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What Book Are You Reading Now? Mk II

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    Nature Vs Nurture

    and

    Black Hawk Down.
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    I've just read "The Mother Tongue" by Bill Bryson and now I'm reading "Eat Pray Love" by Elizabeth Gilbert
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    Kiss of evil - Richard Montanari

    The weirdest book I've ever read :l
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    (Original post by velocet)
    Just started reading it the other day. Only a third of the way through but I'm not enjoying it too much due to the fact it's too brief. To be fair, I should've expected it from when he explained the difficulty of summarising the Cold War in under 300 pages. Determined to finish it though since it will be a nice recap from A2 History.

    In addition, reading Thousand Autumns of Jacob De Zoet by David Mitchell.
    I totally agree but I guess at A2 you don't want every statistic concerning every event. Analytically, the book is one of the strongest I've read about the Cold War. So many Cold War books are large but don't contain the analysis that Gaddis forms. I find that his analogies with tigers etc. really do help as well!
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    The Road - Cormac McCarthy.
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    I'll be starting on one of the Sherlock Holmes stories or The Two Towers come Tuesday night.
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    (Original post by SirMasterKey)
    I'll be starting on one of the Sherlock Holmes stories or The Two Towers come Tuesday night.
    :holmes: The Holmes' novels or short story collections? I personally read them chronologically; you have a better overview and understanding of the character/relationship development of Holmes - so much so you'd probably appreciate whichever case in hand more than picking a story out of the blue.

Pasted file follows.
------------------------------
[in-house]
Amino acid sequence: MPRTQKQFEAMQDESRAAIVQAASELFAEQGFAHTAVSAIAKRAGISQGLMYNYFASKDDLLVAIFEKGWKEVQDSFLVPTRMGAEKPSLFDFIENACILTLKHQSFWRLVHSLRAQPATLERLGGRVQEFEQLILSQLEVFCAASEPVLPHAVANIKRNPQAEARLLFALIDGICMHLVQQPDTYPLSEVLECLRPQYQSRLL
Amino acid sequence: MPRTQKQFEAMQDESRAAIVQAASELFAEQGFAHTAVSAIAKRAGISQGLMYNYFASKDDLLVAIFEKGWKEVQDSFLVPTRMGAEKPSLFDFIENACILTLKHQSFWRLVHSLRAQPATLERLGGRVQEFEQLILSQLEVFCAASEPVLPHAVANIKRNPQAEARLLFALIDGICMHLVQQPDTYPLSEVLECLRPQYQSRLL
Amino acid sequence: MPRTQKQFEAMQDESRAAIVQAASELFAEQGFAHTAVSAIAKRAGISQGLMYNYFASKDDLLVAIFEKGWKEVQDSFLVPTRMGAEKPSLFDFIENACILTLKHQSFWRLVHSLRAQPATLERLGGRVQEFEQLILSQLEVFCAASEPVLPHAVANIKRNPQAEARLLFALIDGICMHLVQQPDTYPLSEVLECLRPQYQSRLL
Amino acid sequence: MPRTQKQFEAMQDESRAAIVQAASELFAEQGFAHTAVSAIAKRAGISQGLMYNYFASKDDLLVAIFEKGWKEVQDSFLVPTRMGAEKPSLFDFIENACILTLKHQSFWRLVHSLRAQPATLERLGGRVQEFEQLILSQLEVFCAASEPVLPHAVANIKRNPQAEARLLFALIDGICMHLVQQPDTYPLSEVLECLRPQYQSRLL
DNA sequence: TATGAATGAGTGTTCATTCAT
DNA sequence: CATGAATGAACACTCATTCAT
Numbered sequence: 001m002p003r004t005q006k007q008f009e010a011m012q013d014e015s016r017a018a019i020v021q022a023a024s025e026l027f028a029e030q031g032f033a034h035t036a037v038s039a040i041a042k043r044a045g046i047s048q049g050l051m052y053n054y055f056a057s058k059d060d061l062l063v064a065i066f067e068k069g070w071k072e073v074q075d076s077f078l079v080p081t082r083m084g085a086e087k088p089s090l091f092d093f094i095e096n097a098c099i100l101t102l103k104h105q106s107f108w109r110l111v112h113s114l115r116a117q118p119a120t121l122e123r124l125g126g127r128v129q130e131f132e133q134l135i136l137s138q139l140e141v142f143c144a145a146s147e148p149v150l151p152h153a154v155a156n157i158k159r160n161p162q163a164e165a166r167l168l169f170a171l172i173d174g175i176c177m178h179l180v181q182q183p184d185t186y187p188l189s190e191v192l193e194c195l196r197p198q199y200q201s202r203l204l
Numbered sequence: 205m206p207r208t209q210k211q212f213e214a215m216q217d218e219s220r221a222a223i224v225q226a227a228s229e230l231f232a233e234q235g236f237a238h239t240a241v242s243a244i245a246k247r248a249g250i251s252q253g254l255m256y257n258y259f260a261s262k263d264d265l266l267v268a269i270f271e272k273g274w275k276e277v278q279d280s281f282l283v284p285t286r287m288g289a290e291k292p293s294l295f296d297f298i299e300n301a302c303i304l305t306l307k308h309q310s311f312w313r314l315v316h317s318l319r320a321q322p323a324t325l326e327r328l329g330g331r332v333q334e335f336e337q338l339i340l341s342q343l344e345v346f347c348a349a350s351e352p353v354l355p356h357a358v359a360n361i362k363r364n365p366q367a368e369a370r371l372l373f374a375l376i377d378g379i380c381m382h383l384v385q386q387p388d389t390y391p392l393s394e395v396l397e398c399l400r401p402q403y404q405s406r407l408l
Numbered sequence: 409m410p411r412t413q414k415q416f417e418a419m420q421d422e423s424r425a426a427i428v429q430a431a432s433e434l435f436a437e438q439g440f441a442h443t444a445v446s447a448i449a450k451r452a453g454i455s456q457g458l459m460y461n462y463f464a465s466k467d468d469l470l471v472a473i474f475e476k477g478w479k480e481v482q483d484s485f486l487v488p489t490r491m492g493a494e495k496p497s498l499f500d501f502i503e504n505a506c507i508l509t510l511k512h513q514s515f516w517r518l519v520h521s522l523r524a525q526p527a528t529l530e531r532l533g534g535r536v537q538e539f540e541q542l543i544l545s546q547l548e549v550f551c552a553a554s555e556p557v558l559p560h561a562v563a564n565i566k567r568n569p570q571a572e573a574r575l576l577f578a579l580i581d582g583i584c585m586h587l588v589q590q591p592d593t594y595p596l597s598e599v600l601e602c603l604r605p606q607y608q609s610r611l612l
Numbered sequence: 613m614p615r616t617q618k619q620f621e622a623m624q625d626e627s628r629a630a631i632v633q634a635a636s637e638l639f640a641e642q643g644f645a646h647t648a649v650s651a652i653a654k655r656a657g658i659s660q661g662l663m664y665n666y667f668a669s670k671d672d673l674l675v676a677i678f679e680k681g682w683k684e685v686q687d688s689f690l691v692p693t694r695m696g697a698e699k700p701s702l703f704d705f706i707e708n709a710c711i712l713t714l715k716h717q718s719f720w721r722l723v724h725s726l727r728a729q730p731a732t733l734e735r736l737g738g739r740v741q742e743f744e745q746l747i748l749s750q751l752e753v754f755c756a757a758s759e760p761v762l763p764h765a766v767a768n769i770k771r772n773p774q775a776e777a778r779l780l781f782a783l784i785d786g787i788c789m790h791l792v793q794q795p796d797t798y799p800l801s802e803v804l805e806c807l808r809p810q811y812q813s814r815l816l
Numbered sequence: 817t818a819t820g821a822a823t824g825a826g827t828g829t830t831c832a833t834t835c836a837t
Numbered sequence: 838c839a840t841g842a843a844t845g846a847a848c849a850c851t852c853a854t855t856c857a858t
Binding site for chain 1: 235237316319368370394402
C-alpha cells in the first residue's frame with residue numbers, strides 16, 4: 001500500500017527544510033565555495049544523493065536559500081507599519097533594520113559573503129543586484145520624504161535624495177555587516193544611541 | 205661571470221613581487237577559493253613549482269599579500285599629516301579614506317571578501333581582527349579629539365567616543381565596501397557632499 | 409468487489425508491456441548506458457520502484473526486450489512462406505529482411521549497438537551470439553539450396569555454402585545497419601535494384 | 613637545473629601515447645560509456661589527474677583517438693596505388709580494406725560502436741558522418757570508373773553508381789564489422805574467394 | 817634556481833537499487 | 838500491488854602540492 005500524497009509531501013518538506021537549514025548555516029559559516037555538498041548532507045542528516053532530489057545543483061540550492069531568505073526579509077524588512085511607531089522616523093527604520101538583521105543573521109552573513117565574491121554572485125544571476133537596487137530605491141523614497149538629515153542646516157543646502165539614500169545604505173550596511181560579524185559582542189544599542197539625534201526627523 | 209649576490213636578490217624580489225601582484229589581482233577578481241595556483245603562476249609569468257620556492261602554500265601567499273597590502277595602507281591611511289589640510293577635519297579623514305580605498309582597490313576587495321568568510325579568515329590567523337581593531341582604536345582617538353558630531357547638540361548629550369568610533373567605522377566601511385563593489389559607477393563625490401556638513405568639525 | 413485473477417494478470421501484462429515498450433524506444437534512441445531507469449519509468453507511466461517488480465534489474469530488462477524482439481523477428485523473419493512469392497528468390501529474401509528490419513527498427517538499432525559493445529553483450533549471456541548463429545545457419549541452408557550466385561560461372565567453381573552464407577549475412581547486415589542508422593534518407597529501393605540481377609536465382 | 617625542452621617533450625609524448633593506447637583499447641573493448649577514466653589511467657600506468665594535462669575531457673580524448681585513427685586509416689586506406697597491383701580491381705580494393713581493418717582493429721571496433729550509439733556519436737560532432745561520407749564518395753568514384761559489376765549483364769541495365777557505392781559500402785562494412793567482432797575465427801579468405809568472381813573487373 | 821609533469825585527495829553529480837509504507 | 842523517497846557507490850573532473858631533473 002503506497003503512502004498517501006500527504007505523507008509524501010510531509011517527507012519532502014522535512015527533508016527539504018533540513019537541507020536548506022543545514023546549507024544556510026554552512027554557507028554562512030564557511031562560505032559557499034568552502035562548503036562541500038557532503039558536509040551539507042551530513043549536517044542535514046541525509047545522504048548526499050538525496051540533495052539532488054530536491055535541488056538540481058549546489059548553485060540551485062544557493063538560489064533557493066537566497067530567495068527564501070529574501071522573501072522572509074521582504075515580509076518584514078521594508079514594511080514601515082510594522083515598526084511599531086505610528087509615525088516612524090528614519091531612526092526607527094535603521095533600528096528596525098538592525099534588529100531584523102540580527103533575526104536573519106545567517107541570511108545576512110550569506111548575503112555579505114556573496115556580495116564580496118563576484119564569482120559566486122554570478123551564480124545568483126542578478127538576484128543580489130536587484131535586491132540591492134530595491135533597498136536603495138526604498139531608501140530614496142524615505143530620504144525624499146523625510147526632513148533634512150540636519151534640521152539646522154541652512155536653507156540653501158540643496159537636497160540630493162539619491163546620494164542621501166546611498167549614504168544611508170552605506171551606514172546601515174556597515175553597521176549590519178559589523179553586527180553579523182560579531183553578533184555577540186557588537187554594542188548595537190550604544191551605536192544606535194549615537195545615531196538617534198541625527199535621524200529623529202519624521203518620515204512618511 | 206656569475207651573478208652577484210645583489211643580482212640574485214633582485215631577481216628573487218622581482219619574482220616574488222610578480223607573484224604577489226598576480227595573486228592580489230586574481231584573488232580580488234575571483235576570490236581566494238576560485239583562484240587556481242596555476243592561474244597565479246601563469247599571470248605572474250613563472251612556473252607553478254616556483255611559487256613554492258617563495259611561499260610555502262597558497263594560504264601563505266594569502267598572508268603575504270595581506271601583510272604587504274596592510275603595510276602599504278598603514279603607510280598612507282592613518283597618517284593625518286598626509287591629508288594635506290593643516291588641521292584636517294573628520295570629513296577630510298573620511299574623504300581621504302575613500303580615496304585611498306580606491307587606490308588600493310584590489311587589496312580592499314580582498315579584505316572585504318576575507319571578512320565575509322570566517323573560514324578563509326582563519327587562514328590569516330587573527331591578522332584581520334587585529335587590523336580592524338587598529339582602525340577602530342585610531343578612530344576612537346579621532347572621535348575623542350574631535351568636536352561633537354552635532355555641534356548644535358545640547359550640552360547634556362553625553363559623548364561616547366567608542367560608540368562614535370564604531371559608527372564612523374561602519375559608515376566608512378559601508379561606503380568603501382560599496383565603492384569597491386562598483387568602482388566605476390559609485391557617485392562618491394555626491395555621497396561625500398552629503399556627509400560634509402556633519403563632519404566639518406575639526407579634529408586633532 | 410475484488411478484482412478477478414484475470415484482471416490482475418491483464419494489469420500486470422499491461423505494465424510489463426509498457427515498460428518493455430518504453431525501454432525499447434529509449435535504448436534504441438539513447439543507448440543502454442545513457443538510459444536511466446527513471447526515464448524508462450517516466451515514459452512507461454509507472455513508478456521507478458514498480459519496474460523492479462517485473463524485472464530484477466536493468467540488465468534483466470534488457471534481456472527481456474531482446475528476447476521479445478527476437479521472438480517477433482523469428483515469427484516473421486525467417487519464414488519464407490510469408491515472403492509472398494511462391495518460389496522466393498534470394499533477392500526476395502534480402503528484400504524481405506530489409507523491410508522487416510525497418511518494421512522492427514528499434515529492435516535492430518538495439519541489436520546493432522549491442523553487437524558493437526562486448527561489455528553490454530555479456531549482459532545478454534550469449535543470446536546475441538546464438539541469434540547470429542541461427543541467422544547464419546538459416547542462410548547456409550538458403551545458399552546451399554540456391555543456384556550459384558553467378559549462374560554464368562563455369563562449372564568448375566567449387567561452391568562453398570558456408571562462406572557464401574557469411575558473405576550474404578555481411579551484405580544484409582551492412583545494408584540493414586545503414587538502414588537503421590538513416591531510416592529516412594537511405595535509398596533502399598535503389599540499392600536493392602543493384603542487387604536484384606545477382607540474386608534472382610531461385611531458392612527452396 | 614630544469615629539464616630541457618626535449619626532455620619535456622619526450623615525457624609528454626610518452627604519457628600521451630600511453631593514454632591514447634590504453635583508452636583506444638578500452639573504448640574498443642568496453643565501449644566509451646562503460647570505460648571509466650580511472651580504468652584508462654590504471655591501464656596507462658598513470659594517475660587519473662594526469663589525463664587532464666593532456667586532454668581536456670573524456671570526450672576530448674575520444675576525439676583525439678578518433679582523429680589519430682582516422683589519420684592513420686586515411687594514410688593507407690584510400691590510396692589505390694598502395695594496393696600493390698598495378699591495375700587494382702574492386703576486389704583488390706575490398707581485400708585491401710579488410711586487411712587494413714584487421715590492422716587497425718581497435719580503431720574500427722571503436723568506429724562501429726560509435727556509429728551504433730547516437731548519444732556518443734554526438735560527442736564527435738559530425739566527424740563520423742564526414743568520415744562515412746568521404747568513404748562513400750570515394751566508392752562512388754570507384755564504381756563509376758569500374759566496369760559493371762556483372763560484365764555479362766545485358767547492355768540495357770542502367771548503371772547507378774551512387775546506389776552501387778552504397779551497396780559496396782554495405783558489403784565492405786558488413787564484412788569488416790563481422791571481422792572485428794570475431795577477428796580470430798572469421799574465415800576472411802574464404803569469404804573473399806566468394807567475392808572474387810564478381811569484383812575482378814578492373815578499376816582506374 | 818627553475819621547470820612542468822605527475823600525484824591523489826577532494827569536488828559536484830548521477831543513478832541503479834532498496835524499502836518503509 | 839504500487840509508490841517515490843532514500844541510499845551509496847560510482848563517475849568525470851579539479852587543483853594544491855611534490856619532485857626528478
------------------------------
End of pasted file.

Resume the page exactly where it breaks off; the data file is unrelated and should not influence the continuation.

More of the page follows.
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    Sense and Sensibility Again
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    (Original post by Phalanges)
    Now that the last thread has been filled, it's time for a new one! Previous thread can be found here: http://www.thestudentroom.co.uk/showthread.php?t=100193

    I am currently reading Scorsese by Ebert. Pretty damn good read.
    Post 10000 on the previous incarnation of this thread was a real let down! In days gone past they'd be a post frenzy to get the top spot! :ninja2:
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    (Original post by crazyferret)
    :holmes: The Holmes' novels or short story collections? I personally read them chronologically; you have a better overview and understanding of the character/relationship development of Holmes - so much so you'd probably appreciate whichever case in hand more than picking a story out of the blue.
    Short stories, I'm reading them in the order in the book I have. I just need to pick it up to tell you which one I'm on

    I've read Study in Scarlet and Sign of the Four and I know I'm now past Spectled Band. I can't really imagine reading them in any other order if it is in order. I mean it would be a bit like (but not as much of course) reading the last Harry Potter book first. I like it with the developing characters.

    I'm onto Silver Blaze, just checked.
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    Just finished Perverting the Course of Justice and am now about start reading Pride and Prejudice and Zombies.
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    Good Omens - Neil Gaiman and Terry Pratchett

    For the fifth time
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    Priestess of the White - Trudi Canavan
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    The Way of Kings - Brandon Sanderson